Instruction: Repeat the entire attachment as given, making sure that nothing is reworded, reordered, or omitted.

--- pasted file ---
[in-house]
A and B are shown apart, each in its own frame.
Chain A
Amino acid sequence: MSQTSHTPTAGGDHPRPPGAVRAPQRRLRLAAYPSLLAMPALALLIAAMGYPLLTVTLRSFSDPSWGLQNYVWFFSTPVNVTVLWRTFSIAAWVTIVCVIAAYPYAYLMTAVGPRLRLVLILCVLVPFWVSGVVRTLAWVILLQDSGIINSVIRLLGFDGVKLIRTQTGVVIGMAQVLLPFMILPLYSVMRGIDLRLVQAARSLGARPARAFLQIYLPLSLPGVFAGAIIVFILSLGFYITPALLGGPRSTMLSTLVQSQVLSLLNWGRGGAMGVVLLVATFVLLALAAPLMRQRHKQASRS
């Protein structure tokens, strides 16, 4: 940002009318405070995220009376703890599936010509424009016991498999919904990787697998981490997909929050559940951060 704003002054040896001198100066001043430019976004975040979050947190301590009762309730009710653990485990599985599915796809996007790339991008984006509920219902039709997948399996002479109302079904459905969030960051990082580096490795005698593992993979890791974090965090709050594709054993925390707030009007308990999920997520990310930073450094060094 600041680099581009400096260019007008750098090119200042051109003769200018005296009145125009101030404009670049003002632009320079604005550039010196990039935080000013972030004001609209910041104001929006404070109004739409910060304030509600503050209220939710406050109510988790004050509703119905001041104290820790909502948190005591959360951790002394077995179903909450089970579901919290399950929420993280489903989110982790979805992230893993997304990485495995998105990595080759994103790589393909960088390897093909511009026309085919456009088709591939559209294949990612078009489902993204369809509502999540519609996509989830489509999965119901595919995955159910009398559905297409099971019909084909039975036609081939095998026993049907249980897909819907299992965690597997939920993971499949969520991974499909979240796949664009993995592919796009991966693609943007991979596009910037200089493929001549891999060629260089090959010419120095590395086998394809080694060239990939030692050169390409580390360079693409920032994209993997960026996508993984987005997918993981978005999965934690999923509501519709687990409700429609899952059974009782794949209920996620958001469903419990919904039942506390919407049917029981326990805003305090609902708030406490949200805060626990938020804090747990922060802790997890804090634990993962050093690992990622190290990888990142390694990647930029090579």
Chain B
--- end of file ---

[in-house]
A and B are shown apart, each in its own frame.
Chain A
Amino acid sequence: MSQTSHTPTAGGDHPRPPGAVRAPQRRLRLAAYPSLLAMPALALLIAAMGYPLLTVTLRSFSDPSWGLQNYVWFFSTPVNVTVLWRTFSIAAWVTIVCVIAAYPYAYLMTAVGPRLRLVLILCVLVPFWVSGVVRTLAWVILLQDSGIINSVIRLLGFDGVKLIRTQTGVVIGMAQVLLPFMILPLYSVMRGIDLRLVQAARSLGARPARAFLQIYLPLSLPGVFAGAIIVFILSLGFYITPALLGGPRSTMLSTLVQSQVLSLLNWGRGGAMGVVLLVATFVLLALAAPLMRQRHKQASRS
């Protein structure tokens, strides 16, 4: 940002009318405070995220009376703890599936010509424009016991498999919904990787697998981490997909929050559940951060 704003002054040896001198100066001043430019976004975040979050947190301590009762309730009710653990485990599985599915796809996007790339991008984006509920219902039709997948399996002479109302079904459905969030960051990082580096490795005698593992993979890791974090965090709050594709054993925390707030009007308990999920997520990310930073450094060094 600041680099581009400096260019007008750098090119200042051109003769200018005296009145125009101030404009670049003002632009320079604005550039010196990039935080000013972030004001609209910041104001929006404070109004739409910060304030509600503050209220939710406050109510988790004050509703119905001041104290820790909502948190005591959360951790002394077995179903909450089970579901919290399950929420993280489903989110982790979805992230893993997304990485495995998105990595080759994103790589393909960088390897093909511009026309085919456009088709591939559209294949990612078009489902993204369809509502999540519609996509989830489509999965119901595919995955159910009398559905297409099971019909084909039975036609081939095998026993049907249980897909819907299992965690597997939920993971499949969520991974499909979240796949664009993995592919796009991966693609943007991979596009910037200089493929001549891999060629260089090959010419120095590395086998394809080694060239990939030692050169390409580390360079693409920032994209993997960026996508993984987005997918993981978005999965934690999923509501519709687990409700429609899952059974009782794949209920996620958001469903419990919904039942506390919407049917029981326990805003305090609902708030406490949200805060626990938020804090747990922060802790997890804090634990993962050093690992990622190290990888990142390694990647930029090579």
Chain B